KANSAS CITY, MISSOURI, US — Is flour production trending downward?

Addressing an important health measure for the milling and flour-based foods industries, this seemingly straightforward question does not have a simple answer right now.

Recent figures from the US Department of Agriculture are anything but encouraging. The Department’s most recent publication of Flour Milling Products placed July-September flour production at 106.9 million cwts, down 2.7% from 109.9 million cwts in the same quarter of 2022. Moreover, the period marked the fourth consecutive quarter in which production was lower than a year earlier. For the 12 months ended Sept. 30, flour production of 421.2 million cwts was down 10.6 million cwts, or 2.5%, from a year earlier.

Josh Sosland

Josh Sosland

While clearly showing a downward trend over the last four quarters, the 12-month snapshot of flour demand presents an incomplete picture. Production over the last four quarters lapped a period of marked strength for US flour production with outturn rising each quarter. While lower than the 12-month period ended in September 2022, production of 421.2 million cwts in the most recent four quarters was slightly larger than 420.1 million cwts in the year ended September 2021.

Year-to-date flour production in 2023 (through the first three quarters) was 314.7 million cwts, down 2.8% from January-September 2022 but was within 1.5% of each of the previous 10 years, when production during the first three quarters ranged between 313.1 million and 319.2 million cwts.

Efforts to gauge trends in flour demand have been particularly difficult since the start of the COVID-19 pandemic in early 2020. While important for millers and bakers to watch, quarter-to-quarter changes in flour production tend to be modest. The median flour production change over the past 50 quarters, dating back to the start of 2011, has been 1.2% (on an absolute basis), so even modest market disruptions may blur the picture for those seeking to understand underlying trends.

Causes of such disruptions in the past included transportation problems or surges in demand associated with severe weather. The factors since the start of the pandemic have been more severe, beginning with the hoarding of product, including baked foods and family flour in the pandemic’s first months of 2020. While the behavior was reasonably short lived, a sustained rise in at-home eating and a decrease in away-from-home eating also stirred the flour demand waters as did supply chain disruptions that affected so much of US and global commerce, particularly in 2021 and 2022, and still lingered in 2023. Growth in away-from-home eating, particularly at offices or other non-foodservice outlets, has continued this year.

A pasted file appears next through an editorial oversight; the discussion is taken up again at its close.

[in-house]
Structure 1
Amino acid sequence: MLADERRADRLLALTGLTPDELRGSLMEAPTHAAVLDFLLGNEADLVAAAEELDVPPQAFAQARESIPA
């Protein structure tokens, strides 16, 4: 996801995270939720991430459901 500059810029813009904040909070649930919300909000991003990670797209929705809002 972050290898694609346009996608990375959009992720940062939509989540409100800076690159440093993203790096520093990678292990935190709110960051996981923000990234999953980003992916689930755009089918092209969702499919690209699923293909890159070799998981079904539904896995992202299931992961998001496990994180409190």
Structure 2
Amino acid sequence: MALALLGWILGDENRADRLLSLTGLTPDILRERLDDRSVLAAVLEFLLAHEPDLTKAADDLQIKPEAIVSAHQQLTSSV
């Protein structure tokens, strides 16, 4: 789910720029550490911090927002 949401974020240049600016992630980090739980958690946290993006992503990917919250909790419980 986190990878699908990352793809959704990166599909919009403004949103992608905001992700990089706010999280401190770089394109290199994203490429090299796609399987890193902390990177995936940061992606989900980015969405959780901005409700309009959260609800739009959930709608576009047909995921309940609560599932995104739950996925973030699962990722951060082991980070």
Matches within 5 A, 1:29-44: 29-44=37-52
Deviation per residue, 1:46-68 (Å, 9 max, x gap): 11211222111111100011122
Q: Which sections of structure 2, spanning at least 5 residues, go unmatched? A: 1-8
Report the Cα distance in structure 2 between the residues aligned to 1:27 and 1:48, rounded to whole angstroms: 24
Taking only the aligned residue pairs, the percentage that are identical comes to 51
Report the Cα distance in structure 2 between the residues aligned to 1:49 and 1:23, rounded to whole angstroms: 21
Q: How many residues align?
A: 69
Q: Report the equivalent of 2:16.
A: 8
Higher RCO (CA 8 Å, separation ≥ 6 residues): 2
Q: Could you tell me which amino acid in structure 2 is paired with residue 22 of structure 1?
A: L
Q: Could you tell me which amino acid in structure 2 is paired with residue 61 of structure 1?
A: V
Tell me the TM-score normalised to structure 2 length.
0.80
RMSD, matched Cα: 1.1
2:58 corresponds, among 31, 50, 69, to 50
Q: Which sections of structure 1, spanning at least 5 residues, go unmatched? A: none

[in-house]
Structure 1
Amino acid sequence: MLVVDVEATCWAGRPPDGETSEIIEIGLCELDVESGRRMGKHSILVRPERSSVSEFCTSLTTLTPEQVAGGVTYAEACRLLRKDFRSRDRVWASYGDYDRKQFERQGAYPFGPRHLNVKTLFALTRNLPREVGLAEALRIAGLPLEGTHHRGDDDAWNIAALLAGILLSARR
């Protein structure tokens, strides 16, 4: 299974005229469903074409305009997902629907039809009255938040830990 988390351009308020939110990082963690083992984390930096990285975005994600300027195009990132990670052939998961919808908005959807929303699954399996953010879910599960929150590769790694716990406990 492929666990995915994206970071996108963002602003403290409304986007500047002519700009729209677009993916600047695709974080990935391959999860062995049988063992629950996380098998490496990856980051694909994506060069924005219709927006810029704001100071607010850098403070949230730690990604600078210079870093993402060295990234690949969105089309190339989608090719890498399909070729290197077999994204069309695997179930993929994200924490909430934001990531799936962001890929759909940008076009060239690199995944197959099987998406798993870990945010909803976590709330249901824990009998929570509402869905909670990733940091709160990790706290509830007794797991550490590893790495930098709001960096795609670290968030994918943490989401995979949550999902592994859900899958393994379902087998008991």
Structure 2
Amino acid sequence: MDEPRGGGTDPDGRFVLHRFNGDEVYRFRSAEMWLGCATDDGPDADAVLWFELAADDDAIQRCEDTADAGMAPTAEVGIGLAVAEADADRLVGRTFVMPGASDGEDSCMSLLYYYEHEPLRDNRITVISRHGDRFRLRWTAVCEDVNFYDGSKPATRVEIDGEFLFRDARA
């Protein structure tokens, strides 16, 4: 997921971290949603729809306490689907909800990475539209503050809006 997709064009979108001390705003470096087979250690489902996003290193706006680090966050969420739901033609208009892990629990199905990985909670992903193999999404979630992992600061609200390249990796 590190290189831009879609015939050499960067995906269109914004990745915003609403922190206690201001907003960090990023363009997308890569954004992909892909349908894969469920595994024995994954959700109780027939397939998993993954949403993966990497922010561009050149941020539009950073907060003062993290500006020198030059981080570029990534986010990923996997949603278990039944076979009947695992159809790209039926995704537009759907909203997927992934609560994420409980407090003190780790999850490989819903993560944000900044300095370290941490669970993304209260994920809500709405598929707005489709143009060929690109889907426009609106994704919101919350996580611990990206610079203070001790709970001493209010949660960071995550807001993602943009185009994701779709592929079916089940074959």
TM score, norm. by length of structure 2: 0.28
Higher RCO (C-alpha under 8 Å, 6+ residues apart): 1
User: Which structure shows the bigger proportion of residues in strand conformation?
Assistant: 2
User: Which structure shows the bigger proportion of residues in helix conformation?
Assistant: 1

Also in 2022 and 2023, the worst bout of food inflation in decades has had effects on food demand that may be creating background noise making it difficult to discern longer-term trends for flour. Unit sales volume has been down for flour-based foods, but the same is true for most food categories. Overall food unit volume will not continue to decrease indefinitely, and there is good reason to believe flour-based foods, which generally are inexpensive, will benefit when food volumes flatten or begin to move higher again.

Other hopeful signs have emerged. While a recent survey conducted by the Whole Grains Council showed a quarter of respondents claiming to have reduced gluten intake, the study showed 94% said they eat products containing gluten some or all of the time. The percentage who said they avoid gluten fell to 5% from 8% in 2021. Only 1.3% said they avoid gluten entirely, about the percentage believed to be suffering from celiac disease. Additionally, several gluten-free grains that have been promoted for many years as an alternative to wheat have failed to gain much traction. For example, only 6% of respondents to the survey said they had heard of teff.

Per capita flour consumption trends have been less ambiguous, and it appears likely the figure for 2023 will test or fall beneath the recent low of 129.2 pounds (58.6 kg) hit in 2021. But the jury is still out on whether overall US flour production is trending downward.

Josh Soland is editor in chief of Food Business News and Milling & Baking News, sister publications of World Grain.